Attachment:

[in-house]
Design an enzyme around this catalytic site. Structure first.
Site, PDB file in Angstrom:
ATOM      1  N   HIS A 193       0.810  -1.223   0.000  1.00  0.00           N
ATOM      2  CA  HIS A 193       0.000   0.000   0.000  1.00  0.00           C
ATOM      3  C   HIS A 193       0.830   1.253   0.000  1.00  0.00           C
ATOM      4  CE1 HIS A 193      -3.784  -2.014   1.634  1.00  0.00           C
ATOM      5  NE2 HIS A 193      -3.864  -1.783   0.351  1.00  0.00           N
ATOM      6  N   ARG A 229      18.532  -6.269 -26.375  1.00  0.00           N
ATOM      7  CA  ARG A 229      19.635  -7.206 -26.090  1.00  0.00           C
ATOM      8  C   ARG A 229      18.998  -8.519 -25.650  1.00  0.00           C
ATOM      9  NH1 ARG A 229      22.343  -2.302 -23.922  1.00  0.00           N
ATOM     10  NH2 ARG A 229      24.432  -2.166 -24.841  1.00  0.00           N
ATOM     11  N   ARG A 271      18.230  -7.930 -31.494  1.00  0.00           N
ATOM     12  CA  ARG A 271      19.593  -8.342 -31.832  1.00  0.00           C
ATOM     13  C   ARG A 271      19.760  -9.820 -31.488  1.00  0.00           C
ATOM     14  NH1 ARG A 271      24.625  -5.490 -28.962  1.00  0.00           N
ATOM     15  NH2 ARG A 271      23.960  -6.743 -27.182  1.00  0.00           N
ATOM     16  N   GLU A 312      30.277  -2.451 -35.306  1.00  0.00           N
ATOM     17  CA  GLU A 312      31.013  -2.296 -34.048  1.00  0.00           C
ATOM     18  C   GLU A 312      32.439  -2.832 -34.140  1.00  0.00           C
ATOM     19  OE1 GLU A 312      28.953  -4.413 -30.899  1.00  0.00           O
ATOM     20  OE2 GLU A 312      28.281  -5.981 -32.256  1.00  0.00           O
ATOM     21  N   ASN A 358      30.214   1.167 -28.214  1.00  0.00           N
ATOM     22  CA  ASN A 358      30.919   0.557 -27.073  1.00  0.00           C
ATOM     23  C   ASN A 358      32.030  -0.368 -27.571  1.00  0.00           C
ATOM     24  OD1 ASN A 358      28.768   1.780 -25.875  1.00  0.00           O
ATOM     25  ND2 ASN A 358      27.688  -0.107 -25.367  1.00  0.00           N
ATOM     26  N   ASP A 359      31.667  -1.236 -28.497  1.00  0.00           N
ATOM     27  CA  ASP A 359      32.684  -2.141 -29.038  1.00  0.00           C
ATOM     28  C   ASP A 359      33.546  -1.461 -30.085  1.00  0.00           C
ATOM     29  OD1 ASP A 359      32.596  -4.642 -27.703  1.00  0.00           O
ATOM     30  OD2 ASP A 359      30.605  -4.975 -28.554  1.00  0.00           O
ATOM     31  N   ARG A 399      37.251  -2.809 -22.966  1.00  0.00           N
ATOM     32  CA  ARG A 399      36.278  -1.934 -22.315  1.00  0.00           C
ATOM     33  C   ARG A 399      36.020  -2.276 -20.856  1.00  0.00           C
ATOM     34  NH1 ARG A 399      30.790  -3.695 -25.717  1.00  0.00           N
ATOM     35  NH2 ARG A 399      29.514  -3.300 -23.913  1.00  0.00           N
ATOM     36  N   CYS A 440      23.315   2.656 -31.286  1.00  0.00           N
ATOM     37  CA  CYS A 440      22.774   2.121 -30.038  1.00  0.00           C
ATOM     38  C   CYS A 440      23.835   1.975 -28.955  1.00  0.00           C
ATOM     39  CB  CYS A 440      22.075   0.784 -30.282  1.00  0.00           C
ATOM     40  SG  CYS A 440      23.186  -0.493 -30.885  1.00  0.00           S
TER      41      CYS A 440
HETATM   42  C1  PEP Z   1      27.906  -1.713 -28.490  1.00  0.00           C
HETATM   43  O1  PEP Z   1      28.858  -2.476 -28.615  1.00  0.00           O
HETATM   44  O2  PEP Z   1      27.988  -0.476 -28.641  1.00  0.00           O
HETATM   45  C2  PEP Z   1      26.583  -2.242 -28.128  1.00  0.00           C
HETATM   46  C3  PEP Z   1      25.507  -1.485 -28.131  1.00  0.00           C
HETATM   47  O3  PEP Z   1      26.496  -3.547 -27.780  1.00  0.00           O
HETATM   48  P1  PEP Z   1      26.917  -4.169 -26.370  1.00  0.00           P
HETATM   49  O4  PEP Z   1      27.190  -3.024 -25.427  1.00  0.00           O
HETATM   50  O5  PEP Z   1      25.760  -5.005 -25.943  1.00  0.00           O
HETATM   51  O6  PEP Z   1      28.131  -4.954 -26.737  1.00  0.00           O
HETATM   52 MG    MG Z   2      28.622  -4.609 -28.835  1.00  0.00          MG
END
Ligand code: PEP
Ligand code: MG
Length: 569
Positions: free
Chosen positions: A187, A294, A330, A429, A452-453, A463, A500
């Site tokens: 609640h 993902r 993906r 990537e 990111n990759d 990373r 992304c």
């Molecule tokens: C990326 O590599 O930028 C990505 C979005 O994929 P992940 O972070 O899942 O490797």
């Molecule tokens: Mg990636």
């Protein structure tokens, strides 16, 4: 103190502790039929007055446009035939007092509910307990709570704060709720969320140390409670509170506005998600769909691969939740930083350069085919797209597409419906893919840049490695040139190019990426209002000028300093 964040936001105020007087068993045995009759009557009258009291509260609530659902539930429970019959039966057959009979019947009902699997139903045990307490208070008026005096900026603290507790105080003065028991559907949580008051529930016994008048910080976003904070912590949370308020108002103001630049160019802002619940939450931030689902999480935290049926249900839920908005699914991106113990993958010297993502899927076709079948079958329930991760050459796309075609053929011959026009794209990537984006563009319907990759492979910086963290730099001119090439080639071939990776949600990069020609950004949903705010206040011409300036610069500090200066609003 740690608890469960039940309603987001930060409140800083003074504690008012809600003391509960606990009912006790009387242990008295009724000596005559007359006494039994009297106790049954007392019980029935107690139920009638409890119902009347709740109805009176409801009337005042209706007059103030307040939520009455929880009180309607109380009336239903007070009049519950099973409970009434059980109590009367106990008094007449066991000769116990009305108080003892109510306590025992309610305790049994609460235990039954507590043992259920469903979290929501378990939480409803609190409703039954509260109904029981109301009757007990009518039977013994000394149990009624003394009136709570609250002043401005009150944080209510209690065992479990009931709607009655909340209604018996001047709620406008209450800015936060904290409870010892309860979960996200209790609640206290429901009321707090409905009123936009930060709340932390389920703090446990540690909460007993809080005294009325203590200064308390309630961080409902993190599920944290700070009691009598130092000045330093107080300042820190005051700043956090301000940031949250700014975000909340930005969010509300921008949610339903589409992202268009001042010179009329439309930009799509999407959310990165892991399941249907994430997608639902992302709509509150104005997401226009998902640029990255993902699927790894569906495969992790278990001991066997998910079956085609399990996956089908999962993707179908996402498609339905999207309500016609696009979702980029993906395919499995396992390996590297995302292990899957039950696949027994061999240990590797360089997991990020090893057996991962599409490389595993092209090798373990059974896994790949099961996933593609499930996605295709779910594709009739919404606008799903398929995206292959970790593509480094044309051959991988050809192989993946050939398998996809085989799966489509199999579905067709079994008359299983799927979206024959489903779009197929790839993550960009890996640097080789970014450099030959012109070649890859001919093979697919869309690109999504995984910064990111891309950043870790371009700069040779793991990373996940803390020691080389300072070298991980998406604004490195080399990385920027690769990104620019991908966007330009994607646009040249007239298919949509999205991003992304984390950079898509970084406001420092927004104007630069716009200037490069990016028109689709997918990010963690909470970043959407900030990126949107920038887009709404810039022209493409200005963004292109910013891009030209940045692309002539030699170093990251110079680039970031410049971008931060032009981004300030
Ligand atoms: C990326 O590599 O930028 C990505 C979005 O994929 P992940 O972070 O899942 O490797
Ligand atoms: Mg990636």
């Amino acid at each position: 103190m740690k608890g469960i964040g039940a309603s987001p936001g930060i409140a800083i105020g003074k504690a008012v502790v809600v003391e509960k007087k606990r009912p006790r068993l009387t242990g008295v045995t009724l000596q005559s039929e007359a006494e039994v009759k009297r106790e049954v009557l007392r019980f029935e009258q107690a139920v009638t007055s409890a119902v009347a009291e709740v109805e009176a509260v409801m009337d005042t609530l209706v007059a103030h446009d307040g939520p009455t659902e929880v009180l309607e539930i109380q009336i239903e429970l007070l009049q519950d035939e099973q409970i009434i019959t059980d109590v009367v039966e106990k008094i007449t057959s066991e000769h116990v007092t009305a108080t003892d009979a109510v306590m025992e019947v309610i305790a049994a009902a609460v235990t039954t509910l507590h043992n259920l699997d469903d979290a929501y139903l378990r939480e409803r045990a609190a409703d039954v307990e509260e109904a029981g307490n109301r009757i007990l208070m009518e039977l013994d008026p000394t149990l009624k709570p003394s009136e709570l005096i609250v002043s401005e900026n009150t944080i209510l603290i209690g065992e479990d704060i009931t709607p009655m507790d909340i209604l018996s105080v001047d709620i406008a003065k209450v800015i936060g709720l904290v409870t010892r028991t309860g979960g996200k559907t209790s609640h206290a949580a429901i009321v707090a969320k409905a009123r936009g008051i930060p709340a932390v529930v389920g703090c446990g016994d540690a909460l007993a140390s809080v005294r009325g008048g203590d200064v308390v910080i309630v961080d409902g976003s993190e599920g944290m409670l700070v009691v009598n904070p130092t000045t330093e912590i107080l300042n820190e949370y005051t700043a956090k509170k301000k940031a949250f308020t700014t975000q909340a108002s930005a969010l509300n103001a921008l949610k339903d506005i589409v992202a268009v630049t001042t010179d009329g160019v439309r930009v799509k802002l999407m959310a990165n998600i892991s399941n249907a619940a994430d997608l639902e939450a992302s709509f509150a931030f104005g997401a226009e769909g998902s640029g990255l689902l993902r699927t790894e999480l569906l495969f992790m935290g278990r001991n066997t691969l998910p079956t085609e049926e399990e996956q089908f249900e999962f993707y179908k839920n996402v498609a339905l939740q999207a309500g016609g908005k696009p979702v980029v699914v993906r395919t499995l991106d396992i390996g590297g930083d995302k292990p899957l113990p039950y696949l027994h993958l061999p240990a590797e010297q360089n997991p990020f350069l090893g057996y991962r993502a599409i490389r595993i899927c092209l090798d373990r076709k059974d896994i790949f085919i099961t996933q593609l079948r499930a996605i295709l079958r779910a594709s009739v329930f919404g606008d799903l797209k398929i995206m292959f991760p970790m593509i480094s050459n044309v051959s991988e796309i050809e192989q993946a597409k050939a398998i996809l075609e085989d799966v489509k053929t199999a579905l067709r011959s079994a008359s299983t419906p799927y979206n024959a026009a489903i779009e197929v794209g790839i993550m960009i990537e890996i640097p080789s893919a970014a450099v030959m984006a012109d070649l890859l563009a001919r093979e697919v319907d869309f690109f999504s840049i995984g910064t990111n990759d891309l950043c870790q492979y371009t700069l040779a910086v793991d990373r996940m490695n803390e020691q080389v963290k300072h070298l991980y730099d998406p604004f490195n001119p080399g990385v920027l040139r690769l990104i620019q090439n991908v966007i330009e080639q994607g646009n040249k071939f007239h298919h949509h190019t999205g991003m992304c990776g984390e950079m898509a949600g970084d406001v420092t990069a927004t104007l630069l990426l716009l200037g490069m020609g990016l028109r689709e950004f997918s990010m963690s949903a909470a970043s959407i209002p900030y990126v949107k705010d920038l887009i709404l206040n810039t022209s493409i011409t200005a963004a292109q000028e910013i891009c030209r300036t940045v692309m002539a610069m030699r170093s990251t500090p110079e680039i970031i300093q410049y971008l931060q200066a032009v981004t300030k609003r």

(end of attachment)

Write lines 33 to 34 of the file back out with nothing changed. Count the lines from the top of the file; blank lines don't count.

ATOM     30  OD2 ASP A 359      30.605  -4.975 -28.554  1.00  0.00           O
ATOM     31  N   ARG A 399      37.251  -2.809 -22.966  1.00  0.00           N